Money and influence • The Rawle family gave $6,800 to Reid as part of the campaign, but through the years has invested far more in Utah’s federal politicians, with Rep. Jim Matheson at the top of the heap. The Democrat has received $56,300 from the family behind Check City. Other notables include Sen. Mike Lee, R-Utah ($36,200), Rep. Jason Chaffetz, R-Utah ($27,100), and GOP presidential candidate Mitt Romney ($15,000).

Johnson was a regular political contributor himself, though mostly on the state level. He sent hefty amounts to former Utah Attorney General Mark Shurtleff.

On the federal level, Johnson contributed to Sen. John McCain’s 2008 presidential bid, Shurtleff’s short-lived Senate run in 2010 and Lee’s successful campaign that same year.

Johnson contributed to just one Democrat, giving the maximum individual amount of $2,400 to Reid on July 14, 2010.

That contribution came amid Reid’s tough re-election campaign and just a month after Obama signed the Wall Street reform bill. It also coincided with Johnson’s attempts to escape unscathed from a federal probe into his company.

The FTC lawsuit accuses Johnson and I Works of collecting millions of dollars from tens of thousands of customers through unauthorized charges tied to online products. Johnson denies the accusations.

He turned to Swallow, then Shurtleff’s chief deputy, for help, and Swallow turned to Rawle. Before joining the attorney general’s office, Swallow was Provo-based Check City’s legal counsel and knew Rawle had federal connections.

Rawle was on the board of payday-loan trade group Community Financial Services Association of America and suggested he knew Reid associates who could help sway the FTC.

Swallow emailed Johnson on Sept. 29, 2010, saying Rawle was about to meet with his Reid contact. Swallow suggested Johnson ask for a meeting with Reid to see if they could get him to "encourage the FTC investigators to take a close look at I Works and … really understand their practices and try to resolve this matter equitably and in good faith, before litigation is started."

Deal them up • Johnson said he had heard Rawle brag about how Reid had helped him on payday-loan issues. Johnson also thought Reid might be receptive because of an interaction he said he had with Full Tilt Poker.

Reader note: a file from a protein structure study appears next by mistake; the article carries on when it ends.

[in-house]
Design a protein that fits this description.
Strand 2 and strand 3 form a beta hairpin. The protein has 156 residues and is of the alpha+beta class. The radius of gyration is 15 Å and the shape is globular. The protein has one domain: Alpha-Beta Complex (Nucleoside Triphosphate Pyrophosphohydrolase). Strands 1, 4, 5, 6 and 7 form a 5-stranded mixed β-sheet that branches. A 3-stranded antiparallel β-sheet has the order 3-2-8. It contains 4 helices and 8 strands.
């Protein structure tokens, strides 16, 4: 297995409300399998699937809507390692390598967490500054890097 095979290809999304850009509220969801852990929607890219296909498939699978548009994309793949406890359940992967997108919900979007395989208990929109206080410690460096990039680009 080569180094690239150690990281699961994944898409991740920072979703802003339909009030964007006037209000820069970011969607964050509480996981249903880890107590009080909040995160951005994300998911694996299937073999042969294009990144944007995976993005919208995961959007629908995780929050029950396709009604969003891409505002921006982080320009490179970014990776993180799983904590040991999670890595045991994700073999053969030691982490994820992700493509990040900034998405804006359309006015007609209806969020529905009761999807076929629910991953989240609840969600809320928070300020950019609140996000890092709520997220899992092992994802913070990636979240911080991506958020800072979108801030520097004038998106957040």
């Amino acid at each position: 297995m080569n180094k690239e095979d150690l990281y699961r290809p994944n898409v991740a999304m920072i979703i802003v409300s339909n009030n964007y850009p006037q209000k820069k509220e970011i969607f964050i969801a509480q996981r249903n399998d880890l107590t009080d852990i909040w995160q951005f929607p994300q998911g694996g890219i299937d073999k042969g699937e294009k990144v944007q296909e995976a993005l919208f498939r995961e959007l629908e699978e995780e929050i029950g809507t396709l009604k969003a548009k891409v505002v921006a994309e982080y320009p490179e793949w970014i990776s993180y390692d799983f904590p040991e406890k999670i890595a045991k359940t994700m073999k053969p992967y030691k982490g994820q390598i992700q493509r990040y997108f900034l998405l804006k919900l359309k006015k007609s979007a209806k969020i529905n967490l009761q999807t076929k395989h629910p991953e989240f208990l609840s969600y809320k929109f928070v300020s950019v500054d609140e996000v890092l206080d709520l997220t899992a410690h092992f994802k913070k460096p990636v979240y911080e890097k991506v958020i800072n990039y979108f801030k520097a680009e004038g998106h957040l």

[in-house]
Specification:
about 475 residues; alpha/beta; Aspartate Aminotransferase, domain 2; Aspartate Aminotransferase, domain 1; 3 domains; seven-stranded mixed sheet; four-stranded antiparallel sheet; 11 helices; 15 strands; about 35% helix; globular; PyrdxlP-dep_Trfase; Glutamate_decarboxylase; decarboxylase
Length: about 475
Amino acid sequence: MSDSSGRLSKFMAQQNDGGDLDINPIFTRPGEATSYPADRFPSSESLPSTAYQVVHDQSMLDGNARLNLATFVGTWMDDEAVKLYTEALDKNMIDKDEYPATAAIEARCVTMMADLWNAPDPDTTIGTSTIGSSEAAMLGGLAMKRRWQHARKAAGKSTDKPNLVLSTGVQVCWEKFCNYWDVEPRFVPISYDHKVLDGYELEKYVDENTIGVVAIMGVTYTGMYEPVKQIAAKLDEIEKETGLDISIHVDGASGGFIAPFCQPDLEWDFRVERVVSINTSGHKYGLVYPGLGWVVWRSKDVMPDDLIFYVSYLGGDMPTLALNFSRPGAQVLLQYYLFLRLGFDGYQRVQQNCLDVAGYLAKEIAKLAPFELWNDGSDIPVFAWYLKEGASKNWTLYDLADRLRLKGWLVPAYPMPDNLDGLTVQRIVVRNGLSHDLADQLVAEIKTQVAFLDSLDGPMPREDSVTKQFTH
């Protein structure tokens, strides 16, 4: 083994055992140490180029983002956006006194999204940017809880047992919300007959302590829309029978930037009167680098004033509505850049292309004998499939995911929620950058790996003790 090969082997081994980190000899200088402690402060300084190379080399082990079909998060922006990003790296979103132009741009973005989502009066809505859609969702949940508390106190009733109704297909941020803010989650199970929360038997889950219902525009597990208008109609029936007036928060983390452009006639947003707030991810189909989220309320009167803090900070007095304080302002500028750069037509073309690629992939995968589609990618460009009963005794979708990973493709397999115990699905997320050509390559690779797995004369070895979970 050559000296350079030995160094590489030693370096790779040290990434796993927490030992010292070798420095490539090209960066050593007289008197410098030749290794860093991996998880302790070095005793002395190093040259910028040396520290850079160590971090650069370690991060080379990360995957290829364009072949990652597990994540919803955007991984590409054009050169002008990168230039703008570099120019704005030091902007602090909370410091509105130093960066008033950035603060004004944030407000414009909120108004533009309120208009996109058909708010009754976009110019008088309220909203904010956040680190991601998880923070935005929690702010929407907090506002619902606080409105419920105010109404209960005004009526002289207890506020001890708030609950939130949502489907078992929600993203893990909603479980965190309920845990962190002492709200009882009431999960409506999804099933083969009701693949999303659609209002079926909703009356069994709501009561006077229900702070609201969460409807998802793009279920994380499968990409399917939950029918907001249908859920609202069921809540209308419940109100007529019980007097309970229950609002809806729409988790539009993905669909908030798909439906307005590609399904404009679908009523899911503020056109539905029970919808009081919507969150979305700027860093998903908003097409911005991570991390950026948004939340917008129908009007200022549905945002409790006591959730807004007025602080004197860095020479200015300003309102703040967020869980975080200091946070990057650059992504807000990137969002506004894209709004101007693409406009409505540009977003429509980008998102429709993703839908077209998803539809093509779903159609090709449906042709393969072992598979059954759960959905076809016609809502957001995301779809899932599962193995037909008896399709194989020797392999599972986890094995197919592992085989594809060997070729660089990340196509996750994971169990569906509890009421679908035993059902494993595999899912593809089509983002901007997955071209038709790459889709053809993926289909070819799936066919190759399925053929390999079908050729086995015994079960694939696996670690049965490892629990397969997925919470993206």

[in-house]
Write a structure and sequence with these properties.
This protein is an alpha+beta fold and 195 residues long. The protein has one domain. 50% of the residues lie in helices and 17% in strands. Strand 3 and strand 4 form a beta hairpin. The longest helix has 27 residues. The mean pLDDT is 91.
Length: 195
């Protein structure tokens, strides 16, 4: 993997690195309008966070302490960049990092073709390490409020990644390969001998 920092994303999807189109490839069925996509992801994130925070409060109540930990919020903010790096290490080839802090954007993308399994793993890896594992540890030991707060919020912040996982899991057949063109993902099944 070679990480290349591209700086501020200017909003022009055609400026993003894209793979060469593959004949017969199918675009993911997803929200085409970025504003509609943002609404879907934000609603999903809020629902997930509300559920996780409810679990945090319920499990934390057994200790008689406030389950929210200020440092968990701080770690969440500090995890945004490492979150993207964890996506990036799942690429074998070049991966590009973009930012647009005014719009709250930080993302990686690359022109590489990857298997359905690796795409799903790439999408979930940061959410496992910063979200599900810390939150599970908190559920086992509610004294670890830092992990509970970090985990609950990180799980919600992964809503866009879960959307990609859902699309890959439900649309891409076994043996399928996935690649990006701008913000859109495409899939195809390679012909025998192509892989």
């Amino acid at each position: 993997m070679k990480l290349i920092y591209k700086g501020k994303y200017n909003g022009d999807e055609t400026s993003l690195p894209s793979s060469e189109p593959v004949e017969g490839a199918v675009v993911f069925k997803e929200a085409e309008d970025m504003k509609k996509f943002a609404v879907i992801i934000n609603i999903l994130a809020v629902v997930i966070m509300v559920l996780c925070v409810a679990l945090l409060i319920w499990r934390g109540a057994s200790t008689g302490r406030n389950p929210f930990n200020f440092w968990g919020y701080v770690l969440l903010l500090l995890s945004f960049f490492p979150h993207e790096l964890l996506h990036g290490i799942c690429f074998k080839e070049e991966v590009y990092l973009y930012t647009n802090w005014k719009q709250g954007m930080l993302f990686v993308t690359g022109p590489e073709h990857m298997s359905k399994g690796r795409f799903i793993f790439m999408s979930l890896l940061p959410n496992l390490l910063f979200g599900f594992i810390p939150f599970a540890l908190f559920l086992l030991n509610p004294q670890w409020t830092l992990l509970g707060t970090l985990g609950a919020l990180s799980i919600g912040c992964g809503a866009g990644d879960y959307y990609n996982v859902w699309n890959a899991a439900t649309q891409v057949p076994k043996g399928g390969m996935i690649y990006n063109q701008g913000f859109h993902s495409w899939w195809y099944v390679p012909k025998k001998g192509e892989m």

The online poker site had used Johnson to process its payments, an activity that resulted in a criminal probe. Full Tilt executives brought Johnson to a meeting with Reid seeking his support to make online poker legal in the U.S.

In a conversation Johnson secretly recorded with Swallow in an Orem doughnut shop last year, Johnson said those executives asked him to get a $1 million check for a company he never heard of with the intimation it would eventually get to Reid.

Johnson said the payoff led Reid to back online poker, which he suggested was not in Nevada casinos’ interest. Reid’s spokeswoman has called the claim "absurd," saying Johnson was clearly misinformed about the politics of poker.

The Justice Department reinterpreted a law in 2011, saying it only prohibits online sports betting, which opened the possibility of full online casinos. The Nevada gaming industry wants Congress to block all games of chance online except poker, which it argues is a game of skill. Several online-poker companies have financial deals with casinos. Reid tried to legalize online poker in 2012, but not enough Republicans backed the effort.

Johnson eventually agreed to pay Rawle to get Reid’s support and, with the help of an associate, provided the first $250,000. The FTC sued Johnson several weeks after he made the initial payment.

Before Rawle died of cancer, he signed an affidavit saying the money was for lobbying and that he kept $50,000 as a fee — $23,500 of which he used to pay Swallow for his help on a proposed Nevada cement plant.

Rawle spent $100,000, split evenly between two lobbyists: Jay Brown, a close friend of Reid, and Tim Rupli, a longtime lobbyist for the payday-lending trade group.

The group gave Brown a similar contract worth $240,000 annually in 2011.

Reid spokeswoman Kristen Orthman has repeatedly stated that her boss was not involved: "The allegations of bribery by Mr. Johnson, a man with a background of fraud, deception and corruption, are absurd and utterly false."

mcanham@sltrib.com

Twitter: @mattcanham